The New York City Council recently proposed a new food truck regulation that would permit a GPS monitoring system to be installed in food trucks, to gain better insight into their patterns of travel throughout the city. These GPS systems would be placed in both food trucks and carts, and aim to find out where food trucks go in reference to parking laws, and to curb pollution and noise.
On the Upper West Side complaints continue to be mounted against trucks, as resident say food trucks clog up the streets, create unwelcome noise and pollute the air. Spearheaded by City Councilwoman Gale Brewer, this GPS proposal aims to regulate exactly how many trucks and carts there are, where they’re located, and whether they are licensed or not. While the City Council supposedly has five different agencies regulating the trucks, complaints claim that only local police seem to be doing anything to enforce laws against these mobile vendors. Particularly on the Upper West Side, complaints have been increasingly rapidly.
This situation goes hand in hand with many of the other pressures food trucks have been dealing with this year, many having been forced out of their usual locations by increased complaints from local brick and mortar businesses. While food trucks may seem unfairly targeted, many New Yorkers are clamoring for the same regulations to be placed on these mobile vendors that have been placed on restaurants. Health codes and licenses should be applied to any food vendor, if not for the sake of equity than for safety concerns. Recently over 1500 health violations were passed on food trucks and carts, ranging from hygiene to meat preparation. Food trucks have been growing to be immensely popular, and ‘gourmet’ trucks are expanding nationwide. If restaurants are held up to rigorous examination, shouldn’t the same be expected of food trucks?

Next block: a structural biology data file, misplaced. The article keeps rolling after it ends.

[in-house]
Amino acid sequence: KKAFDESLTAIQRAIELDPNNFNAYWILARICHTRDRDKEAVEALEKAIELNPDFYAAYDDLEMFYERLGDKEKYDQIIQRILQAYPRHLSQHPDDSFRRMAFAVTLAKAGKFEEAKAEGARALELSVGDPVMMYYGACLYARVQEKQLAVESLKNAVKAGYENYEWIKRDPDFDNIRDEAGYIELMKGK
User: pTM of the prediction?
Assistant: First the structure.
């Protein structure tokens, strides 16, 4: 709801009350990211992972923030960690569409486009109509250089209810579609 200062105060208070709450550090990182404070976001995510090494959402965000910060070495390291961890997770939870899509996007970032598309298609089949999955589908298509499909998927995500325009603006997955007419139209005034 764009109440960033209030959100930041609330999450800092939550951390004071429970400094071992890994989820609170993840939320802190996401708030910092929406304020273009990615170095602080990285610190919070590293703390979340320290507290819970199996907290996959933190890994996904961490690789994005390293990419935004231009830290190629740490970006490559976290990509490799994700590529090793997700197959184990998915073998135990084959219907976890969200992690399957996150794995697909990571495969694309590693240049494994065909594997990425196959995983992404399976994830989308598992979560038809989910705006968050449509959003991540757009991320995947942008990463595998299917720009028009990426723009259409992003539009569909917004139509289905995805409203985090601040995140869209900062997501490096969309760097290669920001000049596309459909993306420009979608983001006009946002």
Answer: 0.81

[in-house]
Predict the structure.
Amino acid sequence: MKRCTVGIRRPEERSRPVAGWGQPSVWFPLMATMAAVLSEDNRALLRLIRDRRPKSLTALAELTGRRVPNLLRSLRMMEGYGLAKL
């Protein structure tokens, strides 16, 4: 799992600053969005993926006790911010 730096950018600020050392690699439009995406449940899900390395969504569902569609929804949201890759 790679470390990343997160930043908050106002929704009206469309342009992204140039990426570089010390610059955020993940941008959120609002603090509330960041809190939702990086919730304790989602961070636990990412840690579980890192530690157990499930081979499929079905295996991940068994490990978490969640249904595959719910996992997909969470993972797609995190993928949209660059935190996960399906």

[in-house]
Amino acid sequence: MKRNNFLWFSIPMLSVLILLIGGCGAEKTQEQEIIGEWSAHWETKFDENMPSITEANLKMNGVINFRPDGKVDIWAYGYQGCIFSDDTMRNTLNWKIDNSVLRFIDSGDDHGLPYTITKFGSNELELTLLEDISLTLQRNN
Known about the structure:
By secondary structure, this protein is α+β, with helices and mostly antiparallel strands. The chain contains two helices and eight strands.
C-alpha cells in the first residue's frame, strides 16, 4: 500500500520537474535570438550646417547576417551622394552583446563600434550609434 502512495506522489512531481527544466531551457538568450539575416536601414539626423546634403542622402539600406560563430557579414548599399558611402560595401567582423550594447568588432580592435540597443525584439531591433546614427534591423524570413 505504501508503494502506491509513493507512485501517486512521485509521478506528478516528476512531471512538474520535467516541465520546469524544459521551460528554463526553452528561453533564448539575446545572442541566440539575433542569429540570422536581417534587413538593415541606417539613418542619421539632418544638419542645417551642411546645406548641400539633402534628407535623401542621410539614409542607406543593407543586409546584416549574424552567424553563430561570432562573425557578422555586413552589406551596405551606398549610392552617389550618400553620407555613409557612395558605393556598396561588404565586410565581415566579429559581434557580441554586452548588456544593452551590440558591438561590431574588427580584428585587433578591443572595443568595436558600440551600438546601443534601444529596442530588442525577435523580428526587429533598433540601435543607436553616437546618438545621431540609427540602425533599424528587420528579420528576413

However on implanting GPS trackers in food trucks, a whole new range of issues arises. GPS trackers will help the city gain more information about food trucks, but at what cost? Don’t these trucks have a right to go where they please without being watched? It seems that monitoring their movements may be a direct violation of their constitutional rights. Clearly this is a controversial issue, and chances are a law like this won’t be passed for some time. But as long as it’s being discussed, what manner of regulations will come up next? I invite you to weigh in on this issue and say what you think about the freedom associated with food trucks.
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